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officer of the ship. The indictment was found under the third section of the act of 1835, ch. 40, which provided: “That if any master or other officer of any American ship or vessel, on the high seas, or any other waters within the admiralty and marine jurisdiction of the United States, shall from malice, hatred, or revenge, and without justifiable cause, beat, wound, or imprison, any one or more of the crew of the ship or vessel, or withhold from them suitable food or nourishment, or inflict upon them any cruel or unusual punishment, every such person so offending, on conviction, shall be punished by fine or imprisonment.” The question presented in this case was, whether the offence when committed by the master upon the chief or other officer of the ship was an offence within the intent and purview of the statute; or in other words, whether the word “crew,” in this section, was used in contradistinction to officers of the ship, so as only to include the common seamen or mariners, or whether the word “crew,” in the sense of the statute, embraced all the officers except the master. It was held that it did: 1st. Because the word “crew” had several known significations. In its general and popular sense it was equivalent to company. Such was the definition which lexicographers had attached to it. The general sense of the word “crew” being equivalent to ship's company, it could scarcely be doubted, that it embraced all the officers as well as the common seamen; that sense ought not to be displaced unless it was manifest that the legislature had used the word in a more restricted sense, and this must be ascertained from the context, or from the object to be accomplished by the enactment. In examination of the laws upon marine subjects, the word “crew” was found to be used sometimes in this general sense, and sometimes in senses more limited and restrained. It was sometime used to comprehend all persons composing the ship's company, including the master; sometimes to comprehend the officers and common seamen, excluding the master; and sometimes to comprehend the common seamen only. 2d. Because there were various acts of congress in which the words “crew,” and “ship's company,” were used as equivalent to each other. The results of the examination of the leading provisions of statutes upon similar subjects showed that the word “crew” was ordinarily used as equivalent to “ship's company,” and that whenever it was not intended to embrace the officers the context manifestly excluded them by enumerating them as contradistinguished from the rest of the crew. 3d. Because that every offcer of the ship, except the master or commanding officer, ought to be deemed within the purview of the act as one of the crew. For the reason that he might commit the offence of usurping the command of the vessel as well as a common seaman, and the mischief was the same as in the case of a common seaman, and he was one of the crew and ship's company in the sense of the general maritime law. There was no reason why the section should not be construed to embrace all cases within the words, and within the mischiefs, or why resort should be had to the narrowest possible sense, instead of the general sense, if there was the same mischief in each case to be suppressed, and the same public policy in the protection of the commercial interest of the country. In another case,(a) one of the questions which arose was, whether an offence which was committed on board of a vessel on a voyage, although at the time of the act, lying at anchor, was within the provisions of the 2 R. S. 729, sec. 44, providing that, when an offence shall have been committed within this state on board of any vessel navigating any river, and an indictment may be found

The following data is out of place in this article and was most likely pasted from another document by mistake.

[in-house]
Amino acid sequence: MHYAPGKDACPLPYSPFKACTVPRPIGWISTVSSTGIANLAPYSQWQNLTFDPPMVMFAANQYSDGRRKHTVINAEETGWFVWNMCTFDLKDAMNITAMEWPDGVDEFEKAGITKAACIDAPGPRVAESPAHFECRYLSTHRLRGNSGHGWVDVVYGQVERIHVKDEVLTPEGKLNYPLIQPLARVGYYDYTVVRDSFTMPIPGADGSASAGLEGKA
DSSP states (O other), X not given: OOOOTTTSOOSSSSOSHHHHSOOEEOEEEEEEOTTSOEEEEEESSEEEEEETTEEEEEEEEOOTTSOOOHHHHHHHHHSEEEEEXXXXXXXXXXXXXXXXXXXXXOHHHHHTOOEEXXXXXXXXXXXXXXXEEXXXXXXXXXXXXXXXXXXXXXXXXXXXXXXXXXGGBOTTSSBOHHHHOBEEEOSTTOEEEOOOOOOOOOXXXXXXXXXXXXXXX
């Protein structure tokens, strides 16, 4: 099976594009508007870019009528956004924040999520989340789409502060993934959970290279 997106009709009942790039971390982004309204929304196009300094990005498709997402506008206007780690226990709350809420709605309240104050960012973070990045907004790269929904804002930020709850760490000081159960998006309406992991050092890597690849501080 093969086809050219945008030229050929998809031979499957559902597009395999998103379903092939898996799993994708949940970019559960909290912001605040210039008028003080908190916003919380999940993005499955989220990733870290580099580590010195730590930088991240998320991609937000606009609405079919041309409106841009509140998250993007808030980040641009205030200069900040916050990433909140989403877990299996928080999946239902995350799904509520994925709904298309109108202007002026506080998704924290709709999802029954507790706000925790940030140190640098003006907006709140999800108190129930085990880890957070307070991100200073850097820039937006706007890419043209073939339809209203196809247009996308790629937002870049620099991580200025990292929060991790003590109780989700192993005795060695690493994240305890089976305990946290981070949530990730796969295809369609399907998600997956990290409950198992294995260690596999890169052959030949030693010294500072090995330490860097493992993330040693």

within certain counties therein named, &c. Bronson, J., held that it was ; 1st. Because a different construction would amount to a virtual repeal of the statute, especially when applied to canal boats, if the vessel must necessarily be in motion. That it frequently happened that vessels on the river had to come to anchor for the purpose of supplies, or in consequence of calms and adverse winds, or may rest upon shoals and be obliged to wait for tide. It could not be supposed the legislature intended to make so idle a statute as this would prove if it did not extend to the whole voyage. 2d. Because the legislature had spoken of a particular kind of business or employment, and the language must be understood as men engaged in that business would understand it. No seaman or waterman would doubt that this vessel was “navigating” the river, although it happened to be temporarily at rest, in consequence of adverse winds when the crime was committed. 3d. Another statute, which provides that “whenever any vessel navigating the river,” shall be at anchor in the night time,(a) showed that the legislature thought a vessel might properly be said to be navigating the river although at the particular time at anchor. Another question arising in this cause was, whether the statute was applicable to any case except where the voyage commenced and ended within the river. It was held that it did, for there was no reason why it should be thus restricted. There was nothing in the letter or spirit which led to so narrow a conclusion. A ship trading between New York and Liverpool came as plainly within the language of the statute as to that part of the voyage which was performed within the fauces terra, as did a sloop trading between Albany and New York; the same reasons applied to both. 4th. Because this